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Shipping insurance for handmade jewelry


#1

I used to think you just insured mail or packages for the amount
they were worth and then, if lost or damaged, they reimbursed you
that amount. The post office says (and probably UPS is the same way)
that you have to have documentation (such as an invoice on a
purchased item) showing the worth. My question is “how do you
document the worth of your handmade jewelry?” Do you have to have it
appraised?

J.S. Ellington


#2

If you are shipping something that you have sold, keep a copy of the
invoice as proof of worth. You have established the worth when the
item was sold. That is all that is required by any carrier.

Timothy A. Hansen


#3

Hi, According to my post office, your business invoice showing a
description and the cost of the item is sufficient, however, in the
case of expensive stones, such as Diamonds, further documentation may
be required. I should add that in 25 years of shipping items via
the post office, I have never had a loss of a registered item, so I
have never had to put in a claim. Hope this helps.

John


#4

My experience is that an invoice to the person you had mailed the
item too for the retail amount of the item served the purpose. I
collected with no hassel, except they lost all four (4) copies of the
insurance claim and I had to send my copy etc. etc. etc. Frank Goss


#5

The last time I filed on a lost insured item - they did not require
any documentation other than the insurance part which I kept. Ater
all, I had paid for insurance on a certain amount. If necessary,
I have receipts showing what the customer paid and I do not know how
they could dispute that as the value. Incidentally, what I do as
extra added “insurance” is to strap tape the part of the insurance
form which is attached to the package. I have been doing that for
several years and have only lost one package in several
years since. It has really seemed to help.


#6

J.S., I have had the post office lose a couple of items over the years
as I do alot of shipping via USPS. On the occasions of the shipment
being lost I simply provided them with a copy of the invoice to my
client. In each case this was all they needed because the person
that was to receive the mailing also had to fill out an form stating
that they did not receive the package and on that form they had to
put in the value of the item that had been shipped to them.

Ray


#7

This is actually a kind of tricky question as there are different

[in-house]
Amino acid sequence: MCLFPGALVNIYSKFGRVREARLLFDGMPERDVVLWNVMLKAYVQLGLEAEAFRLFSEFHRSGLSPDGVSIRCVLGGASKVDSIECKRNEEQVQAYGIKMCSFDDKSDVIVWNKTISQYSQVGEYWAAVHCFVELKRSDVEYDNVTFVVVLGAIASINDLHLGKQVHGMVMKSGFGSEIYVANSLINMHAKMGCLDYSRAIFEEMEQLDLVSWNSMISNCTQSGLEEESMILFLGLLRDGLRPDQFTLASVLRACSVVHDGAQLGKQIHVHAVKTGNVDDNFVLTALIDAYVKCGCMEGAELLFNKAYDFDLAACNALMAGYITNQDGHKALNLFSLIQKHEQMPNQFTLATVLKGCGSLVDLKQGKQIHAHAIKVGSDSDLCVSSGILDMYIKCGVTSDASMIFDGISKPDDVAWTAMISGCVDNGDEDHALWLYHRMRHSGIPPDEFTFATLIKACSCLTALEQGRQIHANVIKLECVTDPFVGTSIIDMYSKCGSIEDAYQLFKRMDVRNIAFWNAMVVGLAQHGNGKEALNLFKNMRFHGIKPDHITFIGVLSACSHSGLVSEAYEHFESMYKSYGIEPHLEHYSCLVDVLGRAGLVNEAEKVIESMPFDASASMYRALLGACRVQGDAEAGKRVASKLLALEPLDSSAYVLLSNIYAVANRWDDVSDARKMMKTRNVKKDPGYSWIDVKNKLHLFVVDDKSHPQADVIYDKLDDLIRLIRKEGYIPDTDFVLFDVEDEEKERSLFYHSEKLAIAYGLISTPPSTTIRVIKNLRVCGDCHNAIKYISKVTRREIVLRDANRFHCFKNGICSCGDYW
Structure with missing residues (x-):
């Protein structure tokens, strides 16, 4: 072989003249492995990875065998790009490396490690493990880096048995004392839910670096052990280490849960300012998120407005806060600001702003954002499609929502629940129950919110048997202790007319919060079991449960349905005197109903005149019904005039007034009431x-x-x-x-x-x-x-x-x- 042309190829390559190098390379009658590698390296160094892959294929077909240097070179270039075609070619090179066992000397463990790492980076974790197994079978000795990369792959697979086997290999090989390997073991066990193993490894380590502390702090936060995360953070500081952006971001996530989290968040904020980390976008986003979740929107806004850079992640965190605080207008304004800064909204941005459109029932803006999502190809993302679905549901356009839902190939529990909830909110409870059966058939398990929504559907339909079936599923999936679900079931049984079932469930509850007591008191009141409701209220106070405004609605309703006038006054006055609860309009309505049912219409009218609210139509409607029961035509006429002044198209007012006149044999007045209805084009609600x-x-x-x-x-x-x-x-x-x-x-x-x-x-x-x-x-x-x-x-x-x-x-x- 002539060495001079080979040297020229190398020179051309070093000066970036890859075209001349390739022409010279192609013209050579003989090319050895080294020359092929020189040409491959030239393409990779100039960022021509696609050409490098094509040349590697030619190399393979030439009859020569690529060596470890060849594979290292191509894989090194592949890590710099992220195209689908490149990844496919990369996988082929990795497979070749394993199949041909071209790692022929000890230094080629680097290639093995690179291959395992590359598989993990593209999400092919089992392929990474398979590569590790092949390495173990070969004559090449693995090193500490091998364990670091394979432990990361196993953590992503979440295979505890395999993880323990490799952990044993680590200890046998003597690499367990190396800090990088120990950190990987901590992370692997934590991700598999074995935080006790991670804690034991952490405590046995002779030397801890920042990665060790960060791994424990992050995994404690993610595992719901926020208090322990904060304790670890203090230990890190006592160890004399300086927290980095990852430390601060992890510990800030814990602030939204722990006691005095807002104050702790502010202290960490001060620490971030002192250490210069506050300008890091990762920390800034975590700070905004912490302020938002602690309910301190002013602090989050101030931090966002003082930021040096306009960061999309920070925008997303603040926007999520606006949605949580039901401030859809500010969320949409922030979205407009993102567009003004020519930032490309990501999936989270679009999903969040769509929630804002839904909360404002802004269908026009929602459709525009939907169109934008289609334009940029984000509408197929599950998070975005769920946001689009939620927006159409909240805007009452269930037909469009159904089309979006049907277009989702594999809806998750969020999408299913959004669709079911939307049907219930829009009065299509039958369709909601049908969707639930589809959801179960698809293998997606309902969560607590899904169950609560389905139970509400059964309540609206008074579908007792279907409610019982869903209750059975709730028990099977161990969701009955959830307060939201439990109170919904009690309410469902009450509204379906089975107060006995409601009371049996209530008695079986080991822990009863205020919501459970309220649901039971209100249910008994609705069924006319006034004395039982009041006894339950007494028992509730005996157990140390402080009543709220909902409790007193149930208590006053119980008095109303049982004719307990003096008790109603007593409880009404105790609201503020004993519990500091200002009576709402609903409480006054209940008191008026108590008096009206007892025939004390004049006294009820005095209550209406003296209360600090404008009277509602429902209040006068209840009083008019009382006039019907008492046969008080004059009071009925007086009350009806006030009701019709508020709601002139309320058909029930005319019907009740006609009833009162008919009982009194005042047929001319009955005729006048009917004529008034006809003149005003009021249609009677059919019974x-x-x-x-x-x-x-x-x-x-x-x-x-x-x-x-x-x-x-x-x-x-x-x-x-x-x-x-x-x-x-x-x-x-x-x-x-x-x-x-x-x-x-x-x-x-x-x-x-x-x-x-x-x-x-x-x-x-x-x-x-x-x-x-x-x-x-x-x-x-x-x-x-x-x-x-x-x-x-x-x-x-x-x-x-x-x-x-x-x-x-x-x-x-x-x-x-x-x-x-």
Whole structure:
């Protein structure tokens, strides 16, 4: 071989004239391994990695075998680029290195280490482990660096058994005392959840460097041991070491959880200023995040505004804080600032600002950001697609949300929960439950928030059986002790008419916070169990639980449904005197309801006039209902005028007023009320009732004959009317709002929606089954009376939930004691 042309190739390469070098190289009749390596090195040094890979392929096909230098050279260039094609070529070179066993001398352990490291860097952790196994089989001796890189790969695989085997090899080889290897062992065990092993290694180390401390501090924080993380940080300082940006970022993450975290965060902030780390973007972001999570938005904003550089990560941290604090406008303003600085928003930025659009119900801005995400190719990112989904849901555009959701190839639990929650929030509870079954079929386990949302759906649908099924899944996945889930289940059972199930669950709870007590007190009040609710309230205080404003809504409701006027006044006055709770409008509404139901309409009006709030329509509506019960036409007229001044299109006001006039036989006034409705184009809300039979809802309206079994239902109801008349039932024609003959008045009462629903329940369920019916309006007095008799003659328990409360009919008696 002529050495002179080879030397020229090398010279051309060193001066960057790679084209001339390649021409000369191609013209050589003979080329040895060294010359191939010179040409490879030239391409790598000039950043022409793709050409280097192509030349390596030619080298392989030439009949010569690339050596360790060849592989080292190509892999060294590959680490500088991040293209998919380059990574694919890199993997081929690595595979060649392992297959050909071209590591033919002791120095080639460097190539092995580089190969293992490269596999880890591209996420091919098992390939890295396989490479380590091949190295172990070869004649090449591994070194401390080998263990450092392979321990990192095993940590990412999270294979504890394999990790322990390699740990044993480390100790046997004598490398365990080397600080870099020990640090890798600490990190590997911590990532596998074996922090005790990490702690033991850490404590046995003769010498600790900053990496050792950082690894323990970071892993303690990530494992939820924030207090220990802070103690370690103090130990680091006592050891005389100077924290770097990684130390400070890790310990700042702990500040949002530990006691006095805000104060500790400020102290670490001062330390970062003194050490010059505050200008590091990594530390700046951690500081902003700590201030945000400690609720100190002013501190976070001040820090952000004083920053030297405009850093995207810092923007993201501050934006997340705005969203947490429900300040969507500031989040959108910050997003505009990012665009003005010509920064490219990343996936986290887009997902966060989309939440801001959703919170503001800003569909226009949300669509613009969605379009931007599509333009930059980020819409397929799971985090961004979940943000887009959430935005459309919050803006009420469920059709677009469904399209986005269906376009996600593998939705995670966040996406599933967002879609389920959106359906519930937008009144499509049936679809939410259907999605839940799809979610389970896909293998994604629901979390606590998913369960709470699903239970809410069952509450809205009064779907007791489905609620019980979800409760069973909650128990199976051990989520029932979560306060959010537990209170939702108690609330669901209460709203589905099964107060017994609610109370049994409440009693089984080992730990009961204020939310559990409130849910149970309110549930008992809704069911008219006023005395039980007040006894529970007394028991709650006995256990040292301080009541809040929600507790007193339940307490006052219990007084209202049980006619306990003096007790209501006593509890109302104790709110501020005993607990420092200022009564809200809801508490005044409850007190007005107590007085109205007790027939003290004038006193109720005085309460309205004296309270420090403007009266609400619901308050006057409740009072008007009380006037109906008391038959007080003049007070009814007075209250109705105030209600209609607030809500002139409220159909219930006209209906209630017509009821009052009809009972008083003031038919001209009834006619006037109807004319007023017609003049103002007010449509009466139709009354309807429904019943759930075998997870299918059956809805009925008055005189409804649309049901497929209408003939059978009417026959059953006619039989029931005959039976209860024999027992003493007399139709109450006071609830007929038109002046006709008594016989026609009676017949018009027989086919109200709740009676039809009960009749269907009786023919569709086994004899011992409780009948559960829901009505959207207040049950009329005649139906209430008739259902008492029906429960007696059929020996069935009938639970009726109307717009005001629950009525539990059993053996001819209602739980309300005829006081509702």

parts to it. Are you sending a customer a finished piece? In that
case proof of the amount paid for the piece is sufficient. If you
are a wholesaler shipping to a retail client then the value shown on
the invoice to the client is the actual value that should be paid
out. If you are doing neither of these things then if you have proof
that you have sold similar pieces at a similar price might be
sufficient. You could also use legal documentation like inventory
lists that you report on a tax return. But the easiest thing is to
just enclose an invoice with the value with every order and keep a
copy. Incidentally FedEx is now offering a high value insurance
program that looks like it might be cheaper than most programs
available through your regular insurer. I am still crunching the
numbers but it looks like we could save $4-500 per year using them
instead of our Jewelers Mutual policy coverage. When I get definitive
numbers I’ll report on it again.

Daniel R. Spirer, GG
Spirer Somes Jewelers
1794 Massachusetts Ave
Cambridge, MA 02140
617-491-6000


#8

A client in the States once told me that Christie’s and Sotheby’s
always insist on shipping any and all items of significant
value(within the US) by registered mail only, and consequently
requested her handmade gold ring be sent to her by registered mail.
Since it has to be signed for every single step of the journey, it
would be extremely difficult for a piece of registered mail to go
astray. Thus, the insurance on registered packages is truly minimal!
I always send jewelry within the US Registered Mail.20

True, an insured piece gone lost is tantamount to another sale (!),
but sometimes one would rather not lose the piece (e.g.,
one-of-a-kind, sentimental value, an heirloom, upset for the client,
etc.).20

Janet in Jerusalem


#9

The diamond dealer I get stones from also insists on registered mail
only. Since each postal employee handling the package must sign for
it, registered mail is far less likely to go astray.

Karen Hemmerle
Boulder, CO